According to the prevention website KidsAndCars.org, 1,000 children have died since 1990 after they were left inside devastatingly hot vehicles across the United States.
Last year alone, 23 children’s deaths were reported, two of which happened in the state of Texas.
Information provided by the National Highway Traffic Safety Administration states that heatstroke can “begin when the core body temperature reaches about 104 degrees. A child can die when their body temperature reaches 107 degrees.”
The National Highway Traffic Safety Administration provided the following tips for parents/caregivers to ensure this never happens to them.
- Never leave a child in a vehicle unattended — even if the windows are partially open or the engine is running, and the air conditioning is on.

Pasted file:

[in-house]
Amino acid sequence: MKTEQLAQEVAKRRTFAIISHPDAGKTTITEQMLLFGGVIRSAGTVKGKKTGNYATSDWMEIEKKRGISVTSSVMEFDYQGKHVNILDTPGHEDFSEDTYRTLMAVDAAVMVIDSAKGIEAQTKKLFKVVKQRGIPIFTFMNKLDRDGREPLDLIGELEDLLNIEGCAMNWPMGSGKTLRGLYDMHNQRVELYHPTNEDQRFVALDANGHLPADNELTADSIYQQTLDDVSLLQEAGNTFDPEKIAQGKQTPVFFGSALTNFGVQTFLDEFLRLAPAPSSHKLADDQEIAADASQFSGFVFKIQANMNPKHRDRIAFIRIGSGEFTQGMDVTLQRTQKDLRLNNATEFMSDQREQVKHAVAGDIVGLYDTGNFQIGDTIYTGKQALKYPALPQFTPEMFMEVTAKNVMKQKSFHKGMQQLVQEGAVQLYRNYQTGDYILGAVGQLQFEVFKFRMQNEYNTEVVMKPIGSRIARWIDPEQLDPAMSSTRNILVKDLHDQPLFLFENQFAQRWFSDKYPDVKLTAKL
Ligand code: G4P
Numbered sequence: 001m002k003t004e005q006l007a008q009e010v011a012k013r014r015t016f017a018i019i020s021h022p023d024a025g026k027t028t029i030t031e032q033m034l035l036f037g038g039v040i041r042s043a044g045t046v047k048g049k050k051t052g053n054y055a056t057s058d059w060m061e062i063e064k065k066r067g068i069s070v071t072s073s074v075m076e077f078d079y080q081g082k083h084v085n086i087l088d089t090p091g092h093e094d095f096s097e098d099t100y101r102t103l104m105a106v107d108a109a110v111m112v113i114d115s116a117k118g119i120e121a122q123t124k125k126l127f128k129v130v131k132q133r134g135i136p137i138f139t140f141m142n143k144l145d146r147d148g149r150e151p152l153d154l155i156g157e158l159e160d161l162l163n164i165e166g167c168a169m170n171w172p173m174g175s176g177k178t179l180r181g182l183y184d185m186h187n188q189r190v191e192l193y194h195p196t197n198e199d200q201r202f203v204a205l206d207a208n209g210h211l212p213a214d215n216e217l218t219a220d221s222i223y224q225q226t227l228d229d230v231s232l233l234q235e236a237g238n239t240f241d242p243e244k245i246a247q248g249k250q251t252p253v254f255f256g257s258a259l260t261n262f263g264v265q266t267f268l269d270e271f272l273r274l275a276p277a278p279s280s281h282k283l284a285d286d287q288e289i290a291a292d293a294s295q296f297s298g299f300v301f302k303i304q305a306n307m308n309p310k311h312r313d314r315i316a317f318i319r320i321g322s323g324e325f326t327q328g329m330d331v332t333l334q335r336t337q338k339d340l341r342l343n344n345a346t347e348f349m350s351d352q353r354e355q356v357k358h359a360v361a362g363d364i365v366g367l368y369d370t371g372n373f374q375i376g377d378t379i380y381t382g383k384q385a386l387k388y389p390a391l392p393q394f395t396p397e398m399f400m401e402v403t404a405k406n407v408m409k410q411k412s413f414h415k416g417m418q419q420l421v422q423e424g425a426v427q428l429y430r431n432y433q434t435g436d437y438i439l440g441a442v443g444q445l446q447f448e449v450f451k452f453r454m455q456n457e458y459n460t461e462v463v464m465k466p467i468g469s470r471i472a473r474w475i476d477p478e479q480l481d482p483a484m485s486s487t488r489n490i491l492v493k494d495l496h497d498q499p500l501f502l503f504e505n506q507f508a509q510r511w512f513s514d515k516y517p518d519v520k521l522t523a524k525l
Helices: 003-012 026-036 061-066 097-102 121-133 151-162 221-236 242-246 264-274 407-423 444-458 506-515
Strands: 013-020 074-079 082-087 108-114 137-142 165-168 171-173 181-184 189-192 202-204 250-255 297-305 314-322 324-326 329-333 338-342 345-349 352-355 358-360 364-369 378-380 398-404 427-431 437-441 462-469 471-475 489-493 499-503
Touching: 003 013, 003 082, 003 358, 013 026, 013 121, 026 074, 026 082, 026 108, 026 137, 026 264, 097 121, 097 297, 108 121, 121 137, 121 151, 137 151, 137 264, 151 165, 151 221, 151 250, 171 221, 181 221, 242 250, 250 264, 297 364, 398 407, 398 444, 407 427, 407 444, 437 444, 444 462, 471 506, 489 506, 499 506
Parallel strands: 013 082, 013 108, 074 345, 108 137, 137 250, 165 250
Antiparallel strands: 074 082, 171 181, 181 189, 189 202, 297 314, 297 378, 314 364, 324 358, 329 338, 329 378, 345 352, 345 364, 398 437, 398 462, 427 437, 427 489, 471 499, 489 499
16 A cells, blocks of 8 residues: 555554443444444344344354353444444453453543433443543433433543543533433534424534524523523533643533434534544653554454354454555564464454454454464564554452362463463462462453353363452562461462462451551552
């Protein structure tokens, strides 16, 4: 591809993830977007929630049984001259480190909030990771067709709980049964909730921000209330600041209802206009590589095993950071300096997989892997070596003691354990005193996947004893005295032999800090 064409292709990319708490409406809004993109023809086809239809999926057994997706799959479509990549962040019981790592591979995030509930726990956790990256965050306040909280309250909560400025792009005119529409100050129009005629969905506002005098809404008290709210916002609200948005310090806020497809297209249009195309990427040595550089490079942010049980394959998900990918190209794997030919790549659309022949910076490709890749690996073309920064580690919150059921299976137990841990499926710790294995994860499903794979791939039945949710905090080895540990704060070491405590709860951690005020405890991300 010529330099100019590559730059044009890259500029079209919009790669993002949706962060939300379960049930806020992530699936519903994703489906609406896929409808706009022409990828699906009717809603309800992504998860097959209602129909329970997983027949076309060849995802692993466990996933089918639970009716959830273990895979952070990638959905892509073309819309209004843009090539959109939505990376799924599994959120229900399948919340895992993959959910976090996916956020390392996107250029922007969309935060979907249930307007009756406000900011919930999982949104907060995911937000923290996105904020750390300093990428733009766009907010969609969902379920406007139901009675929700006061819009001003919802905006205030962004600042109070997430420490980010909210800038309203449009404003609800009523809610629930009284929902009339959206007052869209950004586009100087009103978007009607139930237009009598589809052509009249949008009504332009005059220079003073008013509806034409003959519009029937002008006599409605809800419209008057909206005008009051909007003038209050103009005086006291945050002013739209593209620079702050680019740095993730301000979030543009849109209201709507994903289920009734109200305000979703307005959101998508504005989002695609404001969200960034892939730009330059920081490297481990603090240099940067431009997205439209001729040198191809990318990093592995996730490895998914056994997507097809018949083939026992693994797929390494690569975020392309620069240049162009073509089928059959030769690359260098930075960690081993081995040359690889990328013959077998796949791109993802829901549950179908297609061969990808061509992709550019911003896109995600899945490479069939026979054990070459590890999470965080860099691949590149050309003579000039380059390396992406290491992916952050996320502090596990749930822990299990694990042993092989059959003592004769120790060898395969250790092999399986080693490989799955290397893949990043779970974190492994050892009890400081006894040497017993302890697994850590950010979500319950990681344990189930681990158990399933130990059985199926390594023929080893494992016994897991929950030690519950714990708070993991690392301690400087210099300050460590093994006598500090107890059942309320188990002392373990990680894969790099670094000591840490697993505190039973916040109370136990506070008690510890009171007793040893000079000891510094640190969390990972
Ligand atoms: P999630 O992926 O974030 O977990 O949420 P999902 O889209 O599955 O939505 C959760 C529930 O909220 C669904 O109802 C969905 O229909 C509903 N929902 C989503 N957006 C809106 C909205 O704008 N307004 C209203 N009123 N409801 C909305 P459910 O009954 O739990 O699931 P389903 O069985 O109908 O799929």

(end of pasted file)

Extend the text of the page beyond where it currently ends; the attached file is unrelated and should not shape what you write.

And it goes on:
- Make it a habit to check your entire vehicle — front and back — before locking the door and walking away. Train yourself to Park, Look, Lock, or always ask yourself, “Where’s Baby?”
- Ask your childcare provider to call if your child doesn’t show up for care as expected.
- Place a personal item like a purse or briefcase in the back seat, as another reminder to look before you lock. Write a note or place a stuffed animal in the passenger’s seat to remind you that a child is in the back seat.
- Store car keys out of a child’s reach and teach children that a vehicle is not a play area.
“In over half of hot car deaths, the person responsible for the child’s death unknowingly left them in the vehicle. In most situations, this happens to the most loving, caring, and protective parents. It has happened to a teacher, dentist, social worker, police officer, nurse, clergyman, soldier, and even a rocket scientist. It can happen to anyone…”
On Saturday, the RJ Foundation for Kids held an event in northwest Houston in an effort to remind parents of the dangers of leaving children inside hot cars. Back in 2018, Raymond ‘RJ’ Pryer Jr. died of heatstroke at just 3-years-old. He was reportedly left inside of a daycare center’s bus for four hours straight.